I'm just not sure what use single-organization social networking sites are. In the arts world, I can see organizing around a high-passion art form like opera more readily than around a particular opera company or symphony orchestra. (See parterre box, for example, with its heady mix of technical discussion, diva-worship, and lurid gossip.)
Does SFS think that hundreds or thousands of its audience members have the time and energy to post in its forums and consume the content on the site? Will the social-networking site increase ticket sales? Does it make more sense to just have a major presence on Facebook or MySpace? Do organizations have any idea how much moderation is likely to be necessary to keep discussions focussed and nonlibelous? What breadth of commentary will be allowed? Has anyone bothered to look at the comments at the NY Times web site? They vary from smart at Paul Krugman's blog to compassionate and experience-based at The New Old Age blog to ghastly in other political commentary or whenever the words autism and vaccination appear.
I rather think that what we're seeing is the second wave of the web, and it will shake out just like the Web 1.0 flurry of community sites did. Some social networking sites with take off and thrive; most will collapse or be abandoned or semi-abandoned. Organizations will invest tons of money but won't necessarily see a lot of return. For one thing, they're a little late to the party, and many heavy web users are already overloaded. I can't keep up with reading all the worthwhile classical music blogs; I haven't touched Twitter; and I certainly haven't got time to read social networking sites for every arts organization I care about.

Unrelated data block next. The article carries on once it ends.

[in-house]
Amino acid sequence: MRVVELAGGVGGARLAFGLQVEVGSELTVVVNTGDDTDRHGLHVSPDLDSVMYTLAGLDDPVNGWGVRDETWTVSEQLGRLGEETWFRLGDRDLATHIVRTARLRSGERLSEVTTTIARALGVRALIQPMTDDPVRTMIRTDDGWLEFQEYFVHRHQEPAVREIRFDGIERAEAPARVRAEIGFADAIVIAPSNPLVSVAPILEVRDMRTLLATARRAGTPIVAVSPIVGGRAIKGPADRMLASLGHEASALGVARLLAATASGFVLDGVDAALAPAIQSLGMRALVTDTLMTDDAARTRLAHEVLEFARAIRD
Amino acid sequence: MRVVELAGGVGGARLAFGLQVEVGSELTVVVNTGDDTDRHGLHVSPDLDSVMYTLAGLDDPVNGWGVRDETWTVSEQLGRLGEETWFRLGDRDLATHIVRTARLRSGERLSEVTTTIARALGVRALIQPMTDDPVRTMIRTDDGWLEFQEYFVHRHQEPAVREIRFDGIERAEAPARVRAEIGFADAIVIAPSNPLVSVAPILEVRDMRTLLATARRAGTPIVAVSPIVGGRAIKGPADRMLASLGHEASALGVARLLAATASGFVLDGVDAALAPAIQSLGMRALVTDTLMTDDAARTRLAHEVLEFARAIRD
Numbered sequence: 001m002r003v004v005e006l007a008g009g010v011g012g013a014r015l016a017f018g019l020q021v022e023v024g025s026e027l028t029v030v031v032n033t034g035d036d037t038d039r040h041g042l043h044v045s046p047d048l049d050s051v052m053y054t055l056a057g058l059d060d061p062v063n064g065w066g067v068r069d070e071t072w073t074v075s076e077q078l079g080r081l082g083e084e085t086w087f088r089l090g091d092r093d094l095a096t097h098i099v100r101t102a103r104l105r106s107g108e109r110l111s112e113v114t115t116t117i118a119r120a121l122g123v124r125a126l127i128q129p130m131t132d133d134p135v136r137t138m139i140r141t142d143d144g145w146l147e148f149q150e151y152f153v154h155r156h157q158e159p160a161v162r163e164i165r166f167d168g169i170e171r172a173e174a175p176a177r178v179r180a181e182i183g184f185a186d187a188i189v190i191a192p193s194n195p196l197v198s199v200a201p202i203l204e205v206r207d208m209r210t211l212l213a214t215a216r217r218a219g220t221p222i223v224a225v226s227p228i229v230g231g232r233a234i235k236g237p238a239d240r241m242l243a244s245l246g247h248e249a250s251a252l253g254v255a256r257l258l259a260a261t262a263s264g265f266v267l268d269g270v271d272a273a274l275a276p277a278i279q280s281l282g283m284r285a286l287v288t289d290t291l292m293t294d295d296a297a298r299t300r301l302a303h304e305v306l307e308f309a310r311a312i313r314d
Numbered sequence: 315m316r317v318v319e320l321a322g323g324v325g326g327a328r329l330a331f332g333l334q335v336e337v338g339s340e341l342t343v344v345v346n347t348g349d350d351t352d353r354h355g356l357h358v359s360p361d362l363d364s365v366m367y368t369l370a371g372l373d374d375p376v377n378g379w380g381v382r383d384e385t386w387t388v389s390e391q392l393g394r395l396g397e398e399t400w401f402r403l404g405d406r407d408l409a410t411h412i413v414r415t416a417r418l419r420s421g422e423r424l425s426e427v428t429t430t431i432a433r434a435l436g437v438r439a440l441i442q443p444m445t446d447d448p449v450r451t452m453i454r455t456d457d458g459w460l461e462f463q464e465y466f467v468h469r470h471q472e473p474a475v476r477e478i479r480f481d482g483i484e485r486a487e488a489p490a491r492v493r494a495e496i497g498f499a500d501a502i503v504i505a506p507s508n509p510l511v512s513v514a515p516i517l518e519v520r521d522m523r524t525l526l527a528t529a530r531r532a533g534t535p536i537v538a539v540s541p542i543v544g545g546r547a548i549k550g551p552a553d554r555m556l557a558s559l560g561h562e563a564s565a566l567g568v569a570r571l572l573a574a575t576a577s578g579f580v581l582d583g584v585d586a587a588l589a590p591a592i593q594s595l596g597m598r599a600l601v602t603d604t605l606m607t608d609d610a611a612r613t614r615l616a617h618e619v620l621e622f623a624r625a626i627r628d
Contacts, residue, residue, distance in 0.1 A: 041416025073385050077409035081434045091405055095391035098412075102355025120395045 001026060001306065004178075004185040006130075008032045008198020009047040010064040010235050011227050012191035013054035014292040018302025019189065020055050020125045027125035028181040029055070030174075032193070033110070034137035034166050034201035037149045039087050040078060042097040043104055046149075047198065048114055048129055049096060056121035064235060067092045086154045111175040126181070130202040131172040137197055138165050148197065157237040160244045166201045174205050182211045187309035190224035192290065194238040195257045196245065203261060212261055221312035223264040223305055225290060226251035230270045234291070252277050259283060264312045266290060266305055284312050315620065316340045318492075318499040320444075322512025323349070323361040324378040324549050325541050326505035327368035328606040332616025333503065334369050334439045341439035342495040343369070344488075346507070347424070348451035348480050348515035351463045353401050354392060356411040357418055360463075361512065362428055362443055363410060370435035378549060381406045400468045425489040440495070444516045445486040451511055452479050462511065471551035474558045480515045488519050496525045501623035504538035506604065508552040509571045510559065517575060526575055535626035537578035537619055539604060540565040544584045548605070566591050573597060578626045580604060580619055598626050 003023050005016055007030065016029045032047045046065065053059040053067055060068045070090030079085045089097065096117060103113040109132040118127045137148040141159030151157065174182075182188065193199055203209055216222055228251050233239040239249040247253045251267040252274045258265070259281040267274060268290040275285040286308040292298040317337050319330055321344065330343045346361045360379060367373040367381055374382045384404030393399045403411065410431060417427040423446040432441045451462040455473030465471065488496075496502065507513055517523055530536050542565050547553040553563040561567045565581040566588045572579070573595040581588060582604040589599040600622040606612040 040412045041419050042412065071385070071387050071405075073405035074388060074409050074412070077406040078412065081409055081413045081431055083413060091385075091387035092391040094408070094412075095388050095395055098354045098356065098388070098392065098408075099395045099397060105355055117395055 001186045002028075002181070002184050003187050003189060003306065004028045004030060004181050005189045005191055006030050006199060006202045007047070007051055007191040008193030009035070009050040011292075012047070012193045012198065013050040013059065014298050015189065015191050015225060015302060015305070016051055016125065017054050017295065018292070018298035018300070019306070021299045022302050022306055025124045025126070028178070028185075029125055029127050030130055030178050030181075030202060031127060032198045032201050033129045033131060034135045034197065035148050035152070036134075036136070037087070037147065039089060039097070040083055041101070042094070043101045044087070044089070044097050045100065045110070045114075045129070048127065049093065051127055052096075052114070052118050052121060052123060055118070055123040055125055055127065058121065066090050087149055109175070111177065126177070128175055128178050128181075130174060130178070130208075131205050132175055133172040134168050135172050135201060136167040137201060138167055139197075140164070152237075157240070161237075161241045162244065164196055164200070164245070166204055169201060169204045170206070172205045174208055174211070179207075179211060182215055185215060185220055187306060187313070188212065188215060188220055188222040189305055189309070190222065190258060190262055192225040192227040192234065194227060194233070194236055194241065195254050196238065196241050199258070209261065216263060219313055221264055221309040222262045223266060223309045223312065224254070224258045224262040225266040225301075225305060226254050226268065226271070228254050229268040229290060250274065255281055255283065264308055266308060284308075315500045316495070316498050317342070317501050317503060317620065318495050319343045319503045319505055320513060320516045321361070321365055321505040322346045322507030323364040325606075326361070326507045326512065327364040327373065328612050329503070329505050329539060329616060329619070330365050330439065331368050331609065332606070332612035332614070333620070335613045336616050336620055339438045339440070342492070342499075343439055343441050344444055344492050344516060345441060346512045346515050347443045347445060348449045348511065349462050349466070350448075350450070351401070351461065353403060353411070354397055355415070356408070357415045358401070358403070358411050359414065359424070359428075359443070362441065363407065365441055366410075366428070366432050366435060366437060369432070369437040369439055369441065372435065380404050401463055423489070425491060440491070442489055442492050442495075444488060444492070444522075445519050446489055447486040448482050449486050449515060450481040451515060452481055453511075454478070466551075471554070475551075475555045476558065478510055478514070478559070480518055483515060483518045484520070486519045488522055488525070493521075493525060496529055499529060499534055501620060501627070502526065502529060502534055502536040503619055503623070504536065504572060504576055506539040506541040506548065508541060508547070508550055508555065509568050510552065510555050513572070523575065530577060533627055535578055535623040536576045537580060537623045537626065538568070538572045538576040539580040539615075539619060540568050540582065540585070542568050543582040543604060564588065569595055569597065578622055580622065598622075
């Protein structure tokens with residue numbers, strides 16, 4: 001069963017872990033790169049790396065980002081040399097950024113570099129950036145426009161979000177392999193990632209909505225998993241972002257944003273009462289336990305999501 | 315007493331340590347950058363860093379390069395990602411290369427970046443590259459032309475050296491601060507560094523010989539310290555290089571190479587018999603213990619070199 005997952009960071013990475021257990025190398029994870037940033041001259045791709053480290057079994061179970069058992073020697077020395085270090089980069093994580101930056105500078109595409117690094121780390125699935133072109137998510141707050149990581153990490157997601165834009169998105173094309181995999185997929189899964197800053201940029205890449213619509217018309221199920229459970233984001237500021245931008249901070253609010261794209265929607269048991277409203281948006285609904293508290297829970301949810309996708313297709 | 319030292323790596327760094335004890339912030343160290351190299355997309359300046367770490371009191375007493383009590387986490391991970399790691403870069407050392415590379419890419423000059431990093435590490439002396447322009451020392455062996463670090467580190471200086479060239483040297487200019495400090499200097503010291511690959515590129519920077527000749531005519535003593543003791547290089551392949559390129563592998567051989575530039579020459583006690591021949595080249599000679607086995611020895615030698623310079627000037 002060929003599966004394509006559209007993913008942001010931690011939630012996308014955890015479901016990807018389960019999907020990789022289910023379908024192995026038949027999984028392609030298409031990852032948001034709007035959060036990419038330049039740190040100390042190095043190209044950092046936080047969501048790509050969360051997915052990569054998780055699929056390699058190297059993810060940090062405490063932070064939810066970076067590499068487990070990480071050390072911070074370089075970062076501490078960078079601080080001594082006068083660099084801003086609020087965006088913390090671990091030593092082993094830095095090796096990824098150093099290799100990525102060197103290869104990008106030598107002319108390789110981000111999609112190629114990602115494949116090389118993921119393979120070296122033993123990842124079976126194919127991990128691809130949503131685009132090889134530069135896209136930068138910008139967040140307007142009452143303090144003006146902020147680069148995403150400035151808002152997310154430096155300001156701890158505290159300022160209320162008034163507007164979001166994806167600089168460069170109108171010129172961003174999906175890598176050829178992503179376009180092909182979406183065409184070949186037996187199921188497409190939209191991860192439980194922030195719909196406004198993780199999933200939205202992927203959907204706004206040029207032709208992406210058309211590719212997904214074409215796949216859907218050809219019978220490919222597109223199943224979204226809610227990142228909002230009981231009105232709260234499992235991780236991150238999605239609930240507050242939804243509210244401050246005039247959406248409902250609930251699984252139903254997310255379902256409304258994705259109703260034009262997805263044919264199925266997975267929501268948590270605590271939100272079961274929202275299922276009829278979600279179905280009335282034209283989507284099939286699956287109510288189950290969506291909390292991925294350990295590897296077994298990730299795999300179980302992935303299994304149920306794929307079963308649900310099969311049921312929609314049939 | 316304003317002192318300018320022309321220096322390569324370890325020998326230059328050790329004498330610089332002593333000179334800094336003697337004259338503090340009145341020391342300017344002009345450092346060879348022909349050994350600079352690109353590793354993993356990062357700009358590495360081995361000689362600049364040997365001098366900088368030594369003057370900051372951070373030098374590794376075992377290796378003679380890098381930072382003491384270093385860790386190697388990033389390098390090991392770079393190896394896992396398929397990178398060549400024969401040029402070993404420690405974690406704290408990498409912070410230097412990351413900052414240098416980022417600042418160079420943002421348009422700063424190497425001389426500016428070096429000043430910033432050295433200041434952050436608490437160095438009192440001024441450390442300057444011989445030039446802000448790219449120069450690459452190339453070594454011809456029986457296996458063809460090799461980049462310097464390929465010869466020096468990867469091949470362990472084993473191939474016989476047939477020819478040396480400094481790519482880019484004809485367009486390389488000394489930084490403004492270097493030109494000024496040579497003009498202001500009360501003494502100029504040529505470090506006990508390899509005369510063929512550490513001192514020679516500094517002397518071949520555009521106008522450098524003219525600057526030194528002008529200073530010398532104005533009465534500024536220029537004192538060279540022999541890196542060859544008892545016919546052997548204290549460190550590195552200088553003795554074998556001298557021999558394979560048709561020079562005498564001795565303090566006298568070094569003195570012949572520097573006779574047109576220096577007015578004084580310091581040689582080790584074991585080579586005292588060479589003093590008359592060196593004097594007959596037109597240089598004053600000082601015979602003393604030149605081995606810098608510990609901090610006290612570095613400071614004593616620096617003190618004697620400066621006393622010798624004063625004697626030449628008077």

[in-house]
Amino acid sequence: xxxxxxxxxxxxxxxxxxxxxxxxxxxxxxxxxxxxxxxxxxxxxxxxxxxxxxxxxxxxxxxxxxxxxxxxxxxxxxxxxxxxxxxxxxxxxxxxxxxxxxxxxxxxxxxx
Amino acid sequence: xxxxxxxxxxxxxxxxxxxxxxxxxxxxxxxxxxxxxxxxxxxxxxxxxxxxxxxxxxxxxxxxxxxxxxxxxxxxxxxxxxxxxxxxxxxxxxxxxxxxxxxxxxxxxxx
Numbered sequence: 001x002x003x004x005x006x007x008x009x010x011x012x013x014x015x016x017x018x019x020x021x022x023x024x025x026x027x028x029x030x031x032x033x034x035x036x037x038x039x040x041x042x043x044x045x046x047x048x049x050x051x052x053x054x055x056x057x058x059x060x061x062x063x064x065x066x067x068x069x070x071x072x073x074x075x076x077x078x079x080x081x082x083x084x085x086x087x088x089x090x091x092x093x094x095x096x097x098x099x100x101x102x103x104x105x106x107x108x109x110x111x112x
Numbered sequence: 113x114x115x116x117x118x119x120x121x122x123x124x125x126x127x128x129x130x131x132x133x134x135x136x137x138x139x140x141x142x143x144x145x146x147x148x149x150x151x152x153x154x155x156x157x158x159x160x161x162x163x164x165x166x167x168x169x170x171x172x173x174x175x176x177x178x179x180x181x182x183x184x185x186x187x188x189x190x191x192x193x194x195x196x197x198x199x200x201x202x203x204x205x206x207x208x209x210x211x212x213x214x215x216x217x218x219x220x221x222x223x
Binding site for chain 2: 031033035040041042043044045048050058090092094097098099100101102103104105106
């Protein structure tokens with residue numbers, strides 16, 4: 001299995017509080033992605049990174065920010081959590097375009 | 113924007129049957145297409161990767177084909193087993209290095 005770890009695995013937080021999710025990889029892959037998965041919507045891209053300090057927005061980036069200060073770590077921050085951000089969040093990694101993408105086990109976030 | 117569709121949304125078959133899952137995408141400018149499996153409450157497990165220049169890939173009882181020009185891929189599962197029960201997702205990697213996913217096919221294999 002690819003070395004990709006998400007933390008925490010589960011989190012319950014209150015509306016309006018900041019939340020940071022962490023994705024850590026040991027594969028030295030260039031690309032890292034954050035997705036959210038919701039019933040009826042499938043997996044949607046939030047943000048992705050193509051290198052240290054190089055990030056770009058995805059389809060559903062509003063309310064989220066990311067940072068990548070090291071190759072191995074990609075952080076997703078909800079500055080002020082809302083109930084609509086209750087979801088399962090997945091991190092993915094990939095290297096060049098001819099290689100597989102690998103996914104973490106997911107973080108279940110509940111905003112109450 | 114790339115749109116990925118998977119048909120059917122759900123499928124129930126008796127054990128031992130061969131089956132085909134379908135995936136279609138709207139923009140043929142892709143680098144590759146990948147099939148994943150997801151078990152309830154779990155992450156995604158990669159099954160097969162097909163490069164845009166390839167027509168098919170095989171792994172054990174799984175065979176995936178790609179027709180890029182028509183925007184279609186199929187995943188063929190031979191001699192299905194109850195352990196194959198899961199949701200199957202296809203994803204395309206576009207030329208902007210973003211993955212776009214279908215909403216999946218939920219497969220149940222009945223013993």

Well, today I'm claiming a big "I told you so." I was writing up some thoughts on social networks and marketing for a friend the other day, and wondered what was going on with the SFS social network. I took a look, couldn't find it, and emailed SFS. Today I heard back: they shut down the network back in June, to focus their social networking efforts on Facebook, Twitter, and YouTube.
I can't say I'm surprised. I looked in on the network from time to time over the last few years, and I think its membership never got above 3,000. That's not many more people than can fit into Davies Symphony Hall, which seats around
2,200 2,739. It's not really a network; it's more of an echo chamber with a limited number of people talking to each other. Because it's stand-alone, it's difficult to get new people into it, as opposed to persuading some of the 750 million people on Facebook to hit Like or subscribe to your Facebook page. The official SFS page on FB has 19,000 or so likes, a nice multiple of the number of members at the social network. I tell you, I'm curious about the amount of money and staff time that went into setting up and maintaing the network. It can't have been trivial.